The university subject librarians' role is at the centre of new models of teaching and learning, yet further debate and published contributions are still needed to shape its future direction. Subject Librarians: Engaging with the Learning and Teaching Environment assesses trends and challenges in current practice, and aims to encourage renewed thinking and improved approaches. Its editors and authors include experienced practitioners and academics. At a time of great change and increasing challenges in higher education this book offers directors of academic services, library managers, librarians and lecturers a chance to reflect on the key issues and consider the needs of the learning community. Subject Librarians: Engaging with the Learning and Teaching Environment also provides a perspective on current practice and a reference source for students of Information Management and Information Studies.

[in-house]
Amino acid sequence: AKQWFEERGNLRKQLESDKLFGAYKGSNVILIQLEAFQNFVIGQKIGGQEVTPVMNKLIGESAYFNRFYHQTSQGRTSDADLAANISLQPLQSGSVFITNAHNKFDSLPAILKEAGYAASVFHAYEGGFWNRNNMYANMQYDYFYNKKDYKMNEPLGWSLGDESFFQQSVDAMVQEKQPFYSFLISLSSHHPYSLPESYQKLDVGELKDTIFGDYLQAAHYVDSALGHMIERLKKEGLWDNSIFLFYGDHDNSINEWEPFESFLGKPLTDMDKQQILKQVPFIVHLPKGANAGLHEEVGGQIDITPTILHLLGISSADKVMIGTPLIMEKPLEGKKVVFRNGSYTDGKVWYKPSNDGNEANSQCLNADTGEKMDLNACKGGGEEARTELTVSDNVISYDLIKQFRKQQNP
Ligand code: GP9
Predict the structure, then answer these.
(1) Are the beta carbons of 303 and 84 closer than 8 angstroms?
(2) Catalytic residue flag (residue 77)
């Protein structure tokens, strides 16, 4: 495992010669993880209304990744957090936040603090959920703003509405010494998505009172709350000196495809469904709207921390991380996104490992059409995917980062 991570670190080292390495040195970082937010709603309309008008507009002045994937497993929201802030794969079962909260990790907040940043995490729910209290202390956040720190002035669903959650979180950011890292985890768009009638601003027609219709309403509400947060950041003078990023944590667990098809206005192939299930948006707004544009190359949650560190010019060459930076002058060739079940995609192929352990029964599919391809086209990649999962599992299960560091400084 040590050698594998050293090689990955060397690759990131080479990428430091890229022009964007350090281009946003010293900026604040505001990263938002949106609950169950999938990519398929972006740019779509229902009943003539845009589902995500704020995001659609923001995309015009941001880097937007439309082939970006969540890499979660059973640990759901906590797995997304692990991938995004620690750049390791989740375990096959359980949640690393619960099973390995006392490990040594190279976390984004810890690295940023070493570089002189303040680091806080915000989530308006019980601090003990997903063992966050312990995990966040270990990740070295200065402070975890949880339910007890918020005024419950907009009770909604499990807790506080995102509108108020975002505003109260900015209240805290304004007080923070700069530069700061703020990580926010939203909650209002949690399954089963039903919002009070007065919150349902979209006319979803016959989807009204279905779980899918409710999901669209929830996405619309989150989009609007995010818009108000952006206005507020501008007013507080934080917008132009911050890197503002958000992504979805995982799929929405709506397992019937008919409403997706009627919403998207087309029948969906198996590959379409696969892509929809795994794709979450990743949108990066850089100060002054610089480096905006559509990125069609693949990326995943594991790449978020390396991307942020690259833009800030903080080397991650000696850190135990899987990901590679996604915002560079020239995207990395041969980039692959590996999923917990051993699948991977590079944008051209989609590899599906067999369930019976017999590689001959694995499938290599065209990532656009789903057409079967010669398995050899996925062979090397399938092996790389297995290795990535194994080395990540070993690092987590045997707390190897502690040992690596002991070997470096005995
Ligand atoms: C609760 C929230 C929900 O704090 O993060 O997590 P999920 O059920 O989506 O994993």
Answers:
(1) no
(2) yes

'In general, this edited work has refreshingly managed to draw together contributors in a coherent and logical compilation which goes a long way to achieving its aims. The key issues of quality assurance, networking, changes in educational practice and philosophy, electronic libraries, networking and a less homogenous economic and cultural student profile, are all fully acknowledged and addressed. The work will certainly be of use to all higher education libraries and academic departments, as well as being of use to the student of library and information management.' Richard Turner, Liverpool John Moores University, UK, New Library World. 'The issues and suggested strategies to meet challenges in the higher education sector discussed in this collection may inspire and/or reassure Australian academic librarians. Whether read selectively or as a whole, this book provides much food for thought and offers constructive suggestions for practice of relevance to library practitioners and educators in a rapidly changing environment.' Gaby Haddow, Curtin University; Australian Academic & Research Libraries, March 2007 'All practising subject librarians would benefit from reading this thoughtful and informative volume. Although it will remind them of the uncertainties with which they are surrounded, it does, nevertheless, convey an overall message of optimism that, despite the current "discussion within librarianship about professional values and job satisfaction", the effort of individuals is likely to lead "to a service that is responsive to need, and is understood and supported by faculty and the institution" (Conclusions; Chapter 13).' Leslie Dingle, Cambridge University, Legal Information Management, 7, 2007 'Overall this is a good collection of essays that provide an informative assessment of subject librarianship in the United Kingdom. In addition to its explication of how subject specialists work in Britain, the essays also refer to some of the most important gover